Dremel tool : Can it be used to cut drywall?

I want to cut drywall back to the center of joists. Cutting to the edge of the joists isn't a problem using a combo of a drywall saw and utility knife. However, to cut back further to the center of the joist is pretty labor intensive.I was wondering if a Dremel tool could do that job? Looking for something less expensive than a router, which is used for cutting arond electrical outlets, but I assume a router can also be used for cutting drywall back to the center of joists..
Add pictures here
<% if( /^image/.test(type) ){ %>
<% } %>
<%-name%>
Add image file
Upload
Dremel makes a router attachment that comes with some cutter blades.
It is not terribly expensive, and does work; thought it takes some practice to make straight cuts.
Add pictures here
<% if( /^image/.test(type) ){ %>
<% } %>
<%-name%>
Add image file
Upload
Doe John wrote:

Set the depth just shy of the wood and go for it. Watch out for nails/screws.
Add pictures here
<% if( /^image/.test(type) ){ %>
<% } %>
<%-name%>
Add image file
Upload

You can buy the bit that is used for the Rotozip and put it in your Dremel. Works great and I like using it more than the Rotozip.
Add pictures here
<% if( /^image/.test(type) ){ %>
<% } %>
<%-name%>
Add image file
Upload
On Fri, 25 Jul 2003 19:09:44 GMT, "ConRes"

And make an incredible amount of dust with either. Just use the knife with a straightedge to get started. A few pulls will have you right down to the stud.
Bob
Add pictures here
<% if( /^image/.test(type) ){ %>
<% } %>
<%-name%>
Add image file
Upload
I agree with this response. The dust will be one helluva mess. However, if you insist on doing this method, I would use a cordless drill and an inside PVC pipe cutter wheel. You can get them at most hardware stores and they're inexpensive. The reason I wouldn't use a Dremel is that it doesn't have enough balls to do the job and as Bob mentioned - the dust will fly everywhere (not a problem if the room is empty.)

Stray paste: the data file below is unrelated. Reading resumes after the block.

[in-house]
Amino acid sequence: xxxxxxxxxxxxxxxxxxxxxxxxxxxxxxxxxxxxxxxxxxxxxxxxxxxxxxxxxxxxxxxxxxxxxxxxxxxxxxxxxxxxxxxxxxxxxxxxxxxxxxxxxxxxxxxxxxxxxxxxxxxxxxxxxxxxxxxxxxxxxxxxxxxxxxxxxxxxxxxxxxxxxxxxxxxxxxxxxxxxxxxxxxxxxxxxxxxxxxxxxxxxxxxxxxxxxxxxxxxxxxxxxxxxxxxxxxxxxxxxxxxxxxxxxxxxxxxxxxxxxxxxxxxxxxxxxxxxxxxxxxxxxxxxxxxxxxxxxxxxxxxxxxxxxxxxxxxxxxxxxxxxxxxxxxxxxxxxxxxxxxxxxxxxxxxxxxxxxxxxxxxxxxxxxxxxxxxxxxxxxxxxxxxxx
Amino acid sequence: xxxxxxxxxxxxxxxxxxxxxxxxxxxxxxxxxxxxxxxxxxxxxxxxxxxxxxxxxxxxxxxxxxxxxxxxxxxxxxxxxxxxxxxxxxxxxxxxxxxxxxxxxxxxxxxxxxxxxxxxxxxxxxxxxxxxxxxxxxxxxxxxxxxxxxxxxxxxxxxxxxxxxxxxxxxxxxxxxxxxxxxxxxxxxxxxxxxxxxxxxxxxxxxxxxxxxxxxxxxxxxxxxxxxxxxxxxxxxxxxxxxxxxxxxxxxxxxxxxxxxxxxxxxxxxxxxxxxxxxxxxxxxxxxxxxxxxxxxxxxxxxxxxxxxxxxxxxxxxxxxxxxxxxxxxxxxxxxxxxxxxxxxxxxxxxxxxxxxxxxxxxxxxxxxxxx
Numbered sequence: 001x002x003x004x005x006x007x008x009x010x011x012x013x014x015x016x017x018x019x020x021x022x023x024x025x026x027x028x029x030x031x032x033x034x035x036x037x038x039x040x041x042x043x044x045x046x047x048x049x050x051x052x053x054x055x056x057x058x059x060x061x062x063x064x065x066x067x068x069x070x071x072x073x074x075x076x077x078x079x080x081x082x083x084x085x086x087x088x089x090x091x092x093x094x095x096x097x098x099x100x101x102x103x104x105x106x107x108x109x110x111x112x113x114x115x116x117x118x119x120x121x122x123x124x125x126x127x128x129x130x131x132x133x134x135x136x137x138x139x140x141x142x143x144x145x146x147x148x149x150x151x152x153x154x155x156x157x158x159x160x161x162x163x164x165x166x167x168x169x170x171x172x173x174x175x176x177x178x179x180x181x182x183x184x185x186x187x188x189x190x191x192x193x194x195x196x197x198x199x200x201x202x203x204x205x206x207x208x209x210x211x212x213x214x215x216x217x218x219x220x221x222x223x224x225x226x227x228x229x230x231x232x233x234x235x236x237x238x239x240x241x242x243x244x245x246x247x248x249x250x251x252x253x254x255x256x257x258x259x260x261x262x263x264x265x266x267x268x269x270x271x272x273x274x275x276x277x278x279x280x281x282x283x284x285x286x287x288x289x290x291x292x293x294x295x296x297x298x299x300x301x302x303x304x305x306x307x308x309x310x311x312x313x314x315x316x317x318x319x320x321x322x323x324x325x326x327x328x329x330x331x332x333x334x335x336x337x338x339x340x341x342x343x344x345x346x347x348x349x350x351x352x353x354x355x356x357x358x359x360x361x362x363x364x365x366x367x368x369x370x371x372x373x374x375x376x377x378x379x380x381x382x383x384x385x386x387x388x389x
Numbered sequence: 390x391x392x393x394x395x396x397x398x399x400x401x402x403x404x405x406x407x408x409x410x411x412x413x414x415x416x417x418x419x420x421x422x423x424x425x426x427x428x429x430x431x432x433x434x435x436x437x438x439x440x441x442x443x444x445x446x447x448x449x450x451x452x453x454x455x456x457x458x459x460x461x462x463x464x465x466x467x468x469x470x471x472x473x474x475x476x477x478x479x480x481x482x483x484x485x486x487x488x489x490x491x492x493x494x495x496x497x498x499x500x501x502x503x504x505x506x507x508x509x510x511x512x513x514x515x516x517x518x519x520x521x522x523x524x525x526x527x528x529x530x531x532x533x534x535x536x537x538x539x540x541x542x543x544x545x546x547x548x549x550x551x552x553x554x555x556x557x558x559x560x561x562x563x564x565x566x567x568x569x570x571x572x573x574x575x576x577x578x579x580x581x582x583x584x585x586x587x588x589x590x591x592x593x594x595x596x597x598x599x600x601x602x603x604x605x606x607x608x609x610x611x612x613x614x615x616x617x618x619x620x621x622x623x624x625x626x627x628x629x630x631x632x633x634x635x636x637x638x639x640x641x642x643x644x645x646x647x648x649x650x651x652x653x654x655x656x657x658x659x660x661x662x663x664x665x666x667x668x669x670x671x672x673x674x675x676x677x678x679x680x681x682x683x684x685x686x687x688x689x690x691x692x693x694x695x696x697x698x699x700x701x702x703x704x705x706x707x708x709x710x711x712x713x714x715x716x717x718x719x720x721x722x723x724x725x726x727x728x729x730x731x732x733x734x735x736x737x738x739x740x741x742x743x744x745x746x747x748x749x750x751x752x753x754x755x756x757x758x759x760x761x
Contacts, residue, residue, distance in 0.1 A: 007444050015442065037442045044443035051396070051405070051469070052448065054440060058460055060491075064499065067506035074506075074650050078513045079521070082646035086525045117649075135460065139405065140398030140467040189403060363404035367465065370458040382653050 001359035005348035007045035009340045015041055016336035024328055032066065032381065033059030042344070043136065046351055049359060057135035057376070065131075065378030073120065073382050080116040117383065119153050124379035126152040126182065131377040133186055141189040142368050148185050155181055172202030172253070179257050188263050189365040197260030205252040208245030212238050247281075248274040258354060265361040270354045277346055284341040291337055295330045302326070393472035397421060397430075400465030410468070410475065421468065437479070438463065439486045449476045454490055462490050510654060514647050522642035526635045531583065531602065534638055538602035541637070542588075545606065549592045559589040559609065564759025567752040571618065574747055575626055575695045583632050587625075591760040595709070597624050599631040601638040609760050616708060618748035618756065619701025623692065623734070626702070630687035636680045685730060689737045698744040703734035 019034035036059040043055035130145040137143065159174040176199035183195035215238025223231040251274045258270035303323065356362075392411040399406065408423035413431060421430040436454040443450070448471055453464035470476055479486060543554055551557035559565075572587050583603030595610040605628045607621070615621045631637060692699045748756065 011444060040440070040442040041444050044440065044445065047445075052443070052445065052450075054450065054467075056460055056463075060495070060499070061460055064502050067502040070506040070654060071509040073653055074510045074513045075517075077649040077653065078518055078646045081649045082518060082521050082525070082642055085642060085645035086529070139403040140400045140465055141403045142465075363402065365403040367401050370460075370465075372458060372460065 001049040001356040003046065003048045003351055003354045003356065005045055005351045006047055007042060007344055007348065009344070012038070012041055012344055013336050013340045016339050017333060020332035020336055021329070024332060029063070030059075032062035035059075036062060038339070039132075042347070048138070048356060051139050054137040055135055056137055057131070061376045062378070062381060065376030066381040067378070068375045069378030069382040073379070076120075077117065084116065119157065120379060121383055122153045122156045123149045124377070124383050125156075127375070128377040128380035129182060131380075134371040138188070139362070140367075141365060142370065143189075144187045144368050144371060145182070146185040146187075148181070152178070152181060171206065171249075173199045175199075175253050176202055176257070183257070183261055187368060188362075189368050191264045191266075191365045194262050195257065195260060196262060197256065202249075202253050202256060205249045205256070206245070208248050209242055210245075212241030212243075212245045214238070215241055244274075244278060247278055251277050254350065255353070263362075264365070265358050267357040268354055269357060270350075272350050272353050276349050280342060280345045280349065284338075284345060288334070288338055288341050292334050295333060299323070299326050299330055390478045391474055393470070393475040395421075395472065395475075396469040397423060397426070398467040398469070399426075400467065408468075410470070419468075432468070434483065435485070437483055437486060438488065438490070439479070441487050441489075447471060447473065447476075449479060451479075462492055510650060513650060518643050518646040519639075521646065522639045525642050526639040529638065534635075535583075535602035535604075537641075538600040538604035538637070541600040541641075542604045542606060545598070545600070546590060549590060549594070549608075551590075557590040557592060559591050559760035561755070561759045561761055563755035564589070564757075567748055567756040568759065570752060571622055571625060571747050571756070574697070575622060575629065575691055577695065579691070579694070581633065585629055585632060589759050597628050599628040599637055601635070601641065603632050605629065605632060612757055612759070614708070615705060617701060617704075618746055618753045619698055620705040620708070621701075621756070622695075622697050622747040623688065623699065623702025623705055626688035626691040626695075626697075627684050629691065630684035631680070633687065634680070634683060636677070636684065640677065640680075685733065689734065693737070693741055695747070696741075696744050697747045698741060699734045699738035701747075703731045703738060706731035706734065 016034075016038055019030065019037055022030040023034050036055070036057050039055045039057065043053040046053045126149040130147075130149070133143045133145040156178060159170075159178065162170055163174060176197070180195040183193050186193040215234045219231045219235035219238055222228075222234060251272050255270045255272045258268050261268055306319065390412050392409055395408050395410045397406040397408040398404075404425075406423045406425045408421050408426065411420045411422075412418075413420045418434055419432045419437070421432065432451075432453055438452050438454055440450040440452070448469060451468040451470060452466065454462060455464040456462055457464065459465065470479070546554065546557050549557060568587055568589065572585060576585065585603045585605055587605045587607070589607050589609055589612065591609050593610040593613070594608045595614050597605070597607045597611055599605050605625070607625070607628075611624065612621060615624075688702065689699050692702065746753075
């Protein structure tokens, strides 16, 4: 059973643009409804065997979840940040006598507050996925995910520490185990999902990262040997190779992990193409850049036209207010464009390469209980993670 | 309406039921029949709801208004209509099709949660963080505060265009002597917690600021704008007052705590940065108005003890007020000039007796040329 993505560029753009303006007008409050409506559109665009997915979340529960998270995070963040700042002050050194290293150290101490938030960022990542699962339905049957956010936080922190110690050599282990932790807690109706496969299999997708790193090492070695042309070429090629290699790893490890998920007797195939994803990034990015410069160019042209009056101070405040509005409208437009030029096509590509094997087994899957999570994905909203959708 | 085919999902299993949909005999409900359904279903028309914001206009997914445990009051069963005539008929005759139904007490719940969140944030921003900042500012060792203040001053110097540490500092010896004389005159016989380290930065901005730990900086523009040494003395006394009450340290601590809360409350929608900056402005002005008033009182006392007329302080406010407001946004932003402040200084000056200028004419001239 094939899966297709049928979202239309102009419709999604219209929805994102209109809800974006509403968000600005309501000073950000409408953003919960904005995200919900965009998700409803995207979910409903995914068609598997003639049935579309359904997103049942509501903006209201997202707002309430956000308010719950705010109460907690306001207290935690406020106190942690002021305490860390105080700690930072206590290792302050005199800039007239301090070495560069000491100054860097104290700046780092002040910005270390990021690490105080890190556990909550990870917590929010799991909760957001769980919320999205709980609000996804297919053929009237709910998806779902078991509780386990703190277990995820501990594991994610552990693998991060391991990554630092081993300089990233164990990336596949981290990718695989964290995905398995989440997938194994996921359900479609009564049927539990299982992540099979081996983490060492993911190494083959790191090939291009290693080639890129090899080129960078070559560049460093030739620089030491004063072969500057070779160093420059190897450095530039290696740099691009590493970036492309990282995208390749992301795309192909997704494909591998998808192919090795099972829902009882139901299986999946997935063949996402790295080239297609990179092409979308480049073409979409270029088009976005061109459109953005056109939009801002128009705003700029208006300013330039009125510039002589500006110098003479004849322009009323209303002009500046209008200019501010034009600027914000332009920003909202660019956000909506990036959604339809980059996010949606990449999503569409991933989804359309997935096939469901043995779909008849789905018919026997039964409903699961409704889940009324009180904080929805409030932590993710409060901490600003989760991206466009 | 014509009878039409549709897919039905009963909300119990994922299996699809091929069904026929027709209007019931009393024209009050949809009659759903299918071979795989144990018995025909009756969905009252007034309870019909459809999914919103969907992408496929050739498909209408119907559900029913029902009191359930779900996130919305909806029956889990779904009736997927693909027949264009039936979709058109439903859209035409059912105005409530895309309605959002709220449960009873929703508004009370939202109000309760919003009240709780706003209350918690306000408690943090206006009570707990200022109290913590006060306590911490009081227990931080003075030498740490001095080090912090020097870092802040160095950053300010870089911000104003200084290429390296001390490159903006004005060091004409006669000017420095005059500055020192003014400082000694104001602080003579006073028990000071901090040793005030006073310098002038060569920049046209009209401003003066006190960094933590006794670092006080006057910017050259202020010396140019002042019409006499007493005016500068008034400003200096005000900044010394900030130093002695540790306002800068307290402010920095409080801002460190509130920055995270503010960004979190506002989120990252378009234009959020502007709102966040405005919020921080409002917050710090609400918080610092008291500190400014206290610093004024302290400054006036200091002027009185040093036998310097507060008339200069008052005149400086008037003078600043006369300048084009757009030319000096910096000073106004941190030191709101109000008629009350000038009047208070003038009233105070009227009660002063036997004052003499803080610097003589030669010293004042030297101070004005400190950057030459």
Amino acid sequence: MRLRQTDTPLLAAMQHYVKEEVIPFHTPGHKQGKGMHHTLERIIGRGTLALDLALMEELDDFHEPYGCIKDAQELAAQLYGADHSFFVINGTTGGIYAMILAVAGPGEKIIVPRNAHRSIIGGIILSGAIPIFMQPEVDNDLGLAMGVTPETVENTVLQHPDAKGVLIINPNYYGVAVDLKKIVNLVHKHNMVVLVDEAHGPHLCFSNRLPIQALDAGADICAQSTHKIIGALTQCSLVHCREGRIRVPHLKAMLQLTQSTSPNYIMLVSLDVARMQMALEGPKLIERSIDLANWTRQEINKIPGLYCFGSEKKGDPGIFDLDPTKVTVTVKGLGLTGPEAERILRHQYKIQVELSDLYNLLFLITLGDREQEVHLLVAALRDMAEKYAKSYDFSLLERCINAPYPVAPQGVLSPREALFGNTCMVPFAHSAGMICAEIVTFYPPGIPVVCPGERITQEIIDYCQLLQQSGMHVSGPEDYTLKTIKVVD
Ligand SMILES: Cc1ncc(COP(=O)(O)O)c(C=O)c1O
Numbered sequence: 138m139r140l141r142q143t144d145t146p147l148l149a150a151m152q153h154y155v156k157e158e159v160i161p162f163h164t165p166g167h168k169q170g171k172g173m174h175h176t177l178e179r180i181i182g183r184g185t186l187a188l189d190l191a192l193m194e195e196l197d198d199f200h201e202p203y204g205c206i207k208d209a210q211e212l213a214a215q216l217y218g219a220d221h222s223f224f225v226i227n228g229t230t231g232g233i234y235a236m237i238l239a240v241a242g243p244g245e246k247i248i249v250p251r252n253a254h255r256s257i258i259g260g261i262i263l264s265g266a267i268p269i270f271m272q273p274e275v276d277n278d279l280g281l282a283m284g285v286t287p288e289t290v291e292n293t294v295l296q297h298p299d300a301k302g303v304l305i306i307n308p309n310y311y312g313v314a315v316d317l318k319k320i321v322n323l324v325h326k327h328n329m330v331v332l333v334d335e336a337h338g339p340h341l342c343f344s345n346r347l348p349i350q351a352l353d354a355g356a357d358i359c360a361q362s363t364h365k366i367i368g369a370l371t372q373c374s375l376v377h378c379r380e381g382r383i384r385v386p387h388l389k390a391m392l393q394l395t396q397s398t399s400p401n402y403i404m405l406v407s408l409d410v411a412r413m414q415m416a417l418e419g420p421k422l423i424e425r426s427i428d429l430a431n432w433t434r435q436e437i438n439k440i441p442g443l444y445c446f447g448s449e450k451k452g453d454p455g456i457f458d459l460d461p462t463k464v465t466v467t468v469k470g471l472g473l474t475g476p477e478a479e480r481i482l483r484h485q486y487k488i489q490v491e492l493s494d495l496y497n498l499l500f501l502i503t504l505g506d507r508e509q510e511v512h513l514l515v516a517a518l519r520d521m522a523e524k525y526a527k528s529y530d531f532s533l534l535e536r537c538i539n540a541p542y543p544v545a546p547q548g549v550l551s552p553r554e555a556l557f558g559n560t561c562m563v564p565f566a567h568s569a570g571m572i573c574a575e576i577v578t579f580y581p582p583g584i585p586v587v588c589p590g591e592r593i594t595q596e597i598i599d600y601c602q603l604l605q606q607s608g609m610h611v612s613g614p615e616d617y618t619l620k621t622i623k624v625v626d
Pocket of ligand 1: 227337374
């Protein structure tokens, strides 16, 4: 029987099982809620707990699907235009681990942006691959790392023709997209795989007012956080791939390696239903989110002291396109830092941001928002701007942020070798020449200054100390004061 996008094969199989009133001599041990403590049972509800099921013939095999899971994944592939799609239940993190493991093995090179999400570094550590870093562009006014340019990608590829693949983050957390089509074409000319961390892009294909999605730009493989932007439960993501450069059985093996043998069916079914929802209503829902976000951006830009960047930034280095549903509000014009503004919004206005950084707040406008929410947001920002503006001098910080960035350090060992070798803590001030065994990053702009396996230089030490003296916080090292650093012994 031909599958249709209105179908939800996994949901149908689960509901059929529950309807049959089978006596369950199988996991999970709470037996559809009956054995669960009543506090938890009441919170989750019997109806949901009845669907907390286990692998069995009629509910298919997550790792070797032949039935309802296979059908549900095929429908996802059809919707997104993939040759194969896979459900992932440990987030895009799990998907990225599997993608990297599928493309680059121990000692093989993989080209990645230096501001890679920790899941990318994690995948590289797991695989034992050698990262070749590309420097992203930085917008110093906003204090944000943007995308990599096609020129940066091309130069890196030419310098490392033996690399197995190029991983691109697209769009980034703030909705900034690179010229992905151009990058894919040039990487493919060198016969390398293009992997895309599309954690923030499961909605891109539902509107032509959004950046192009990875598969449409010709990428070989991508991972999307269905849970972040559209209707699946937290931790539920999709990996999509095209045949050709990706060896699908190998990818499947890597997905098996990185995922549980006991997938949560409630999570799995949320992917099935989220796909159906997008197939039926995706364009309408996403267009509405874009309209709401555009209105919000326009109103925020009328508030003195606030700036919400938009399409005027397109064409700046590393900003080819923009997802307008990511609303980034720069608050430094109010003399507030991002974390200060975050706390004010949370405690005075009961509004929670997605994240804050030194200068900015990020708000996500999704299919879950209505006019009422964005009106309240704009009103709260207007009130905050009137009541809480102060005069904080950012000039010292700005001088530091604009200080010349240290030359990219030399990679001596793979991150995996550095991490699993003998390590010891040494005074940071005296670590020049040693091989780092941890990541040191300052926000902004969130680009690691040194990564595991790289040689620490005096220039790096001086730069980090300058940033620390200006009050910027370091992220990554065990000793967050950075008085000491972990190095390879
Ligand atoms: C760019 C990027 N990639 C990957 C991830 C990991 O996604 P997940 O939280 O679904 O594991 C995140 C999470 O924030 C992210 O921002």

Jim
"'nuther Bob" wrote in message:

Add pictures here
<% if( /^image/.test(type) ){ %>
<% } %>
<%-name%>
Add image file
Upload
wrote:

The dust will also chew up the bearings in the Dremel. Perhaps you could use a Shop-Vac with it.
--
Jim Yanik,NRA member
remove null to contact me
  Click to see the full signature.
Add pictures here
<% if( /^image/.test(type) ){ %>
<% } %>
<%-name%>
Add image file
Upload
On Fri, 25 Jul 2003 19:57:59 GMT, 'nuther Bob

Using a utility knife and a saw also creates a ton of dust in my case. Thanks for all the responses
Add pictures here
<% if( /^image/.test(type) ){ %>
<% } %>
<%-name%>
Add image file
Upload
<< I want to cut drywall back to the center of joists. >>
Most painless way I've found to do this is to whack off a sabre saw blade short enough to cut just the panel thickness and chalk line mark. Corners and panel bottoms need to be done by hand, some dust generated but not nearly as much as you would expect. If you're cutting perpendicular to the joists, a saber saw will be very effective. I've used one to make electrical cutouts for years with neat precise fits that are preferred by NEC code. So far as cost of the tool, any Harbor Freight or other bargain brand is perfectly adequate. HTH
Joe
Add pictures here
<% if( /^image/.test(type) ){ %>
<% } %>
<%-name%>
Add image file
Upload

HomeOwnersHub.com is a website for homeowners and building and maintenance pros. It is not affiliated with any of the manufacturers or service providers discussed here. All logos and trade names are the property of their respective owners.